Very sad to hear the news this week of the demise of a great little local charity that has helped thousands of people with terminal illness, and their carers, in my home area.
The Beacon of Hope, which ran a hospice-at-home service as well as providing much help, support and respite for carers, has gone into voluntary liquidation with the loss of 17 full and part-time jobs.
The charity was founded in 2000 by retired teacher Elizabeth Murphy. It had offices in Aberystwyth, Cardigan and Machynlleth.
While liquidators PKF, said Beacon of Hope's collapse would have ‘no impact on its patients and they had been placed in health officials' care’ there are also real concerns for the many people who care for relatives with terminal or life-limiting illnesses.
The love, care – and yes, hope – given by the workers and volunteers at Beacon of Hope cannot be replaced.
Mrs Murphy’s work as founder was recognised in 2008 with an MBE for services to the community in Ceredigion.
PKF said the charity relied heavily on donations and had cashflow problems:
"Whilst Beacon of Hope nursing services were funded by the health authority and the Welsh assembly, its ancillary services were unfunded and relied upon public donations.
"Unfortunately these had proved insufficient to cover the outgoings and, despite a public appeal for donations and the support of the dedicated and hard-working staff, the company's directors were left with no alternative in the face of the resulting insolvency but to place it into liquidation.
"However, in the prevailing economic climate many organisations have suffered, no matter how worthy the cause, and it is regrettable that despite the excellent work being done in Beacon of Hope's name it has had to cease all activities."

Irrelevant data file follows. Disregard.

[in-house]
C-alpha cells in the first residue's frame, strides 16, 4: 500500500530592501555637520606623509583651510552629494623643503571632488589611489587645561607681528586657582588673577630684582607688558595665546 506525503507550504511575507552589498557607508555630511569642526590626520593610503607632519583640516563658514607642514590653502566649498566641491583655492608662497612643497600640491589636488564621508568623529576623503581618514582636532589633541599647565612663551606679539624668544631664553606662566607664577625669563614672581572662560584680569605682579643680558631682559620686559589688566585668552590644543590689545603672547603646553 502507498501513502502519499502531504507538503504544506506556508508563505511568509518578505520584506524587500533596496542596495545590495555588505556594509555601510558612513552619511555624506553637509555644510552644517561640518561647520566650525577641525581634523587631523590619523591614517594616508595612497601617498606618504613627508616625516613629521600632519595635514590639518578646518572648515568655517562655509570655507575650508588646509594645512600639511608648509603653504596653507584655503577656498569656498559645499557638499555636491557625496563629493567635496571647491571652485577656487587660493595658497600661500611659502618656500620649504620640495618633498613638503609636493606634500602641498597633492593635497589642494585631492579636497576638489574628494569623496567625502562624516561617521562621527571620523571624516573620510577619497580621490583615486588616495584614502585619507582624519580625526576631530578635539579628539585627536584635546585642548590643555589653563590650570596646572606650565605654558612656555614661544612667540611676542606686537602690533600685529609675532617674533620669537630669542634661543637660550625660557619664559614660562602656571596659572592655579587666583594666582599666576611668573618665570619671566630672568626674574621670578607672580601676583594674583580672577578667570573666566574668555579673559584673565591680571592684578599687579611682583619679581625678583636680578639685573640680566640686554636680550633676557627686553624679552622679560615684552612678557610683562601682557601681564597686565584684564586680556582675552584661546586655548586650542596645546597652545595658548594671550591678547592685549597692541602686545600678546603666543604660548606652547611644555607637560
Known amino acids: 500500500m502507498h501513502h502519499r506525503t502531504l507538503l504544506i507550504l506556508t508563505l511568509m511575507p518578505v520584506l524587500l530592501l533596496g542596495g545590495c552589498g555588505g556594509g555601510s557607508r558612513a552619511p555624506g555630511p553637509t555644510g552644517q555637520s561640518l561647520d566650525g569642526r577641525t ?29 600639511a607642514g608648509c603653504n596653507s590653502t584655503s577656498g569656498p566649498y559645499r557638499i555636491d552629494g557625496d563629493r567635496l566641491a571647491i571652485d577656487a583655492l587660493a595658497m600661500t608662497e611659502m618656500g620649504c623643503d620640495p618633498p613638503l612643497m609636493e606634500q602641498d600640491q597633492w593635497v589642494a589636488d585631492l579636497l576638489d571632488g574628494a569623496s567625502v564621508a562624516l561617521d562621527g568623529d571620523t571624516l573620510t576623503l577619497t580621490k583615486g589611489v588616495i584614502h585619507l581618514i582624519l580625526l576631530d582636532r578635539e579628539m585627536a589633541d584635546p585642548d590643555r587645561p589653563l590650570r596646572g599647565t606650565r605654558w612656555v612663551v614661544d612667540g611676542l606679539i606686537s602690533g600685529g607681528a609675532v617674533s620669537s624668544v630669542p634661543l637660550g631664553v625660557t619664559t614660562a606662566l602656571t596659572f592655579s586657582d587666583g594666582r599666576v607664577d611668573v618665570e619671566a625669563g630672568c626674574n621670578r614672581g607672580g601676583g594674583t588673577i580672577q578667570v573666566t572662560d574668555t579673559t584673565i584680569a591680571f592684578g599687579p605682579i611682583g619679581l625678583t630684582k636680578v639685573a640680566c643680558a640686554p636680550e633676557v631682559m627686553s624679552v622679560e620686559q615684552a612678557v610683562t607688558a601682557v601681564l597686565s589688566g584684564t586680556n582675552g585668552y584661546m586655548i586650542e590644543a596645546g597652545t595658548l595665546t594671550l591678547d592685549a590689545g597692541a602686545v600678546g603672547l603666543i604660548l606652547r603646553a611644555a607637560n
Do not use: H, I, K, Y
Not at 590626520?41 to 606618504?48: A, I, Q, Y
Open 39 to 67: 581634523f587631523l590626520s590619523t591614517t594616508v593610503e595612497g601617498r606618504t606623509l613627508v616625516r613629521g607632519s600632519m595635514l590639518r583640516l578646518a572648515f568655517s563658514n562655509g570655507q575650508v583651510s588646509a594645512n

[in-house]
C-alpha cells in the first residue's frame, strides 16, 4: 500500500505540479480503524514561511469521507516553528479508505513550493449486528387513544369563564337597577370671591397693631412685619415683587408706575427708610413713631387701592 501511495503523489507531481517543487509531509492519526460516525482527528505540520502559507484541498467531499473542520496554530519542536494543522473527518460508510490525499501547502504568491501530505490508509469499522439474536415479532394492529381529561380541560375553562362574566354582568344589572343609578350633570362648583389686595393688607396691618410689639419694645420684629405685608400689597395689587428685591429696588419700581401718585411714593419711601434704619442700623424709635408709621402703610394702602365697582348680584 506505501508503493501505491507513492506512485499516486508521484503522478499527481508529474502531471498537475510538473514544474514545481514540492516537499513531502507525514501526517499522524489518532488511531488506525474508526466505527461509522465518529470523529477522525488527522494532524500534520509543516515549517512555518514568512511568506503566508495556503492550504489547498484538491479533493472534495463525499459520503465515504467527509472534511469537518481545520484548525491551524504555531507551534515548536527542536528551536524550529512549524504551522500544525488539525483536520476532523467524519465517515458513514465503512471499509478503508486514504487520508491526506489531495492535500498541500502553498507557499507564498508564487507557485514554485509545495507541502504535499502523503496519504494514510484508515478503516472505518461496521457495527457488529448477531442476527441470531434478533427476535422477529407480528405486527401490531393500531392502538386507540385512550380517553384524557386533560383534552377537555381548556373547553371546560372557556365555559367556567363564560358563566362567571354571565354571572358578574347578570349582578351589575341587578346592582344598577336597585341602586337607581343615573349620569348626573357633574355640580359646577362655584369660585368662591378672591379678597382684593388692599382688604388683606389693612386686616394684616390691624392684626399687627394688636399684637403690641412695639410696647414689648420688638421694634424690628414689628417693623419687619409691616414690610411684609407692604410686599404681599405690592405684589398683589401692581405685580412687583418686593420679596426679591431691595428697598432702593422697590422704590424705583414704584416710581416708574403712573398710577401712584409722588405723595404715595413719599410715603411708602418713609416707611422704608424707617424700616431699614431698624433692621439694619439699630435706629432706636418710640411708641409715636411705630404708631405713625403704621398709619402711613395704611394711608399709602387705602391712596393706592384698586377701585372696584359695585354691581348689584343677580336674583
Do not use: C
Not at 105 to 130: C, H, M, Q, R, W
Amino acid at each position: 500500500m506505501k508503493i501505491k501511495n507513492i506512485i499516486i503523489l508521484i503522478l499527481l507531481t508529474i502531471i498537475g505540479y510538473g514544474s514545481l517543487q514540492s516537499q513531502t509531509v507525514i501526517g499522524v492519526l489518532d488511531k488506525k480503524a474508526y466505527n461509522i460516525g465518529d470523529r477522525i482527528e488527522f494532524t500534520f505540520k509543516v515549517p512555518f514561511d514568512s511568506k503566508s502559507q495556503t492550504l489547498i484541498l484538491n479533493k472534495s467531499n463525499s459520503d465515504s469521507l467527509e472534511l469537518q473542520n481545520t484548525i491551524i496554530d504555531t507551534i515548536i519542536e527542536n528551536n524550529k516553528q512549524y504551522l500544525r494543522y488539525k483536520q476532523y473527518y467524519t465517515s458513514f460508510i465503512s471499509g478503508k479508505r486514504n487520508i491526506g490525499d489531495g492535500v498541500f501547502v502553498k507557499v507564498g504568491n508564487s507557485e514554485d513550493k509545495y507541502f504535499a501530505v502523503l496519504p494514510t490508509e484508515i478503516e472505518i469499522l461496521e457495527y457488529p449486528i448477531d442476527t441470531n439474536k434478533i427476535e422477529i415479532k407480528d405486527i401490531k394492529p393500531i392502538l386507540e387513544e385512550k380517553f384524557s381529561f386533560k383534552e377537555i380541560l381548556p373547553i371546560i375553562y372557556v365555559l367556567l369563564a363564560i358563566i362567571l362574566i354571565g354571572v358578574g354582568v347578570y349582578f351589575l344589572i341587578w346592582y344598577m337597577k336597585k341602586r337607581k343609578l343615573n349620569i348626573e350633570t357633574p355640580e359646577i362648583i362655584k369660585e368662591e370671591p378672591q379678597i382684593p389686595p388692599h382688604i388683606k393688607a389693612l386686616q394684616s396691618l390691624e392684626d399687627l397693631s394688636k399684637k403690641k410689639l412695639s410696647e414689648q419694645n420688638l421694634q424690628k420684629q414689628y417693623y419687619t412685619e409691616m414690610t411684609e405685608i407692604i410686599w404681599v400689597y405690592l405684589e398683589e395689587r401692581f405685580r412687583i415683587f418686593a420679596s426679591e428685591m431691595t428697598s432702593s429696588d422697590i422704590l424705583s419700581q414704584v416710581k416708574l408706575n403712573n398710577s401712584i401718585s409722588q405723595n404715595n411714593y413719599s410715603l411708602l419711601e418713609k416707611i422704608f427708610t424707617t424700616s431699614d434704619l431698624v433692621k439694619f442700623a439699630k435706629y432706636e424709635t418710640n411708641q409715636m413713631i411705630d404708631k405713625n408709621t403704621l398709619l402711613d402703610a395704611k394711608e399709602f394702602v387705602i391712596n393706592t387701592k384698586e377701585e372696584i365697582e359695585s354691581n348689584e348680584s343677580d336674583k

The Beacon of Hope was the nominated charity of the Vice-Chancellor of Aberystwyth University for 2012/13.
When the announcement was made earlier this year the charity’s chair and founder, Elizabeth Murphy said: “Many hospice charities receive support from large industry. There are few large private sector companies based in Ceredigion, and the opportunities for funding are limited. So the announcement that the oldest University in Wales is supporting the smallest hospice in Wales was a great boost to us all.”
Alan Axford, the charity’s voluntary medical adviser said of the Beacon of Hope: “Conventional NHS care is very much focused on the patient and not so much on the carers who often provide support in very difficult circumstances. Their dedication can mean they become socially isolated and this is where the services provided by Beacon of Hope were so valuable, and the support of organisations such as the University so important.”
The Beacon of Hope -- and its dedicated and hard working staff and volunteers --will be sadly missed by many.